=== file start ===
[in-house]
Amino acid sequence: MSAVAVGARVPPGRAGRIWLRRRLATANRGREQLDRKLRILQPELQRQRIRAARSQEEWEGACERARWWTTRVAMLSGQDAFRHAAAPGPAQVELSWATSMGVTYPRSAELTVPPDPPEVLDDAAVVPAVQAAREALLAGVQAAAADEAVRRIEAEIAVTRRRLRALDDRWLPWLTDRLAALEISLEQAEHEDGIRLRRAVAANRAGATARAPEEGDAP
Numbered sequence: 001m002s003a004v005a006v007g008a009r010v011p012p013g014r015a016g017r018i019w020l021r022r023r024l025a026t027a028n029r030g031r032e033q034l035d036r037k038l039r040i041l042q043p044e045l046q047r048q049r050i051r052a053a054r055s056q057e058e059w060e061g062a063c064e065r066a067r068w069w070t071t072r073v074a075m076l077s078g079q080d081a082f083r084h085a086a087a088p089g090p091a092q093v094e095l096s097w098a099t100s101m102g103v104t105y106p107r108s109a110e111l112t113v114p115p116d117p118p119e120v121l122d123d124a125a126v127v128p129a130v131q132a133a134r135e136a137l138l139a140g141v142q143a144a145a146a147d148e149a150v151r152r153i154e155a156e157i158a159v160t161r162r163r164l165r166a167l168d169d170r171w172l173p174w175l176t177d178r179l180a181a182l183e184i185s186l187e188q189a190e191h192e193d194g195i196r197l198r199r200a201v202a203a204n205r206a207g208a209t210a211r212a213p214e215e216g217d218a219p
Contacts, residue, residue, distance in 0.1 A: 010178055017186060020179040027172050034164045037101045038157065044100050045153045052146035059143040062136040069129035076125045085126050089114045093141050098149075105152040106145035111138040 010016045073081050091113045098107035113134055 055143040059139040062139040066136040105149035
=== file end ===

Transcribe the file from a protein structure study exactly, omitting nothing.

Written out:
[in-house]
Amino acid sequence: MSAVAVGARVPPGRAGRIWLRRRLATANRGREQLDRKLRILQPELQRQRIRAARSQEEWEGACERARWWTTRVAMLSGQDAFRHAAAPGPAQVELSWATSMGVTYPRSAELTVPPDPPEVLDDAAVVPAVQAAREALLAGVQAAAADEAVRRIEAEIAVTRRRLRALDDRWLPWLTDRLAALEISLEQAEHEDGIRLRRAVAANRAGATARAPEEGDAP
Numbered sequence: 001m002s003a004v005a006v007g008a009r010v011p012p013g014r015a016g017r018i019w020l021r022r023r024l025a026t027a028n029r030g031r032e033q034l035d036r037k038l039r040i041l042q043p044e045l046q047r048q049r050i051r052a053a054r055s056q057e058e059w060e061g062a063c064e065r066a067r068w069w070t071t072r073v074a075m076l077s078g079q080d081a082f083r084h085a086a087a088p089g090p091a092q093v094e095l096s097w098a099t100s101m102g103v104t105y106p107r108s109a110e111l112t113v114p115p116d117p118p119e120v121l122d123d124a125a126v127v128p129a130v131q132a133a134r135e136a137l138l139a140g141v142q143a144a145a146a147d148e149a150v151r152r153i154e155a156e157i158a159v160t161r162r163r164l165r166a167l168d169d170r171w172l173p174w175l176t177d178r179l180a181a182l183e184i185s186l187e188q189a190e191h192e193d194g195i196r197l198r199r200a201v202a203a204n205r206a207g208a209t210a211r212a213p214e215e216g217d218a219p
Contacts, residue, residue, distance in 0.1 A: 010178055017186060020179040027172050034164045037101045038157065044100050045153045052146035059143040062136040069129035076125045085126050089114045093141050098149075105152040106145035111138040 010016045073081050091113045098107035113134055 055143040059139040062139040066136040105149035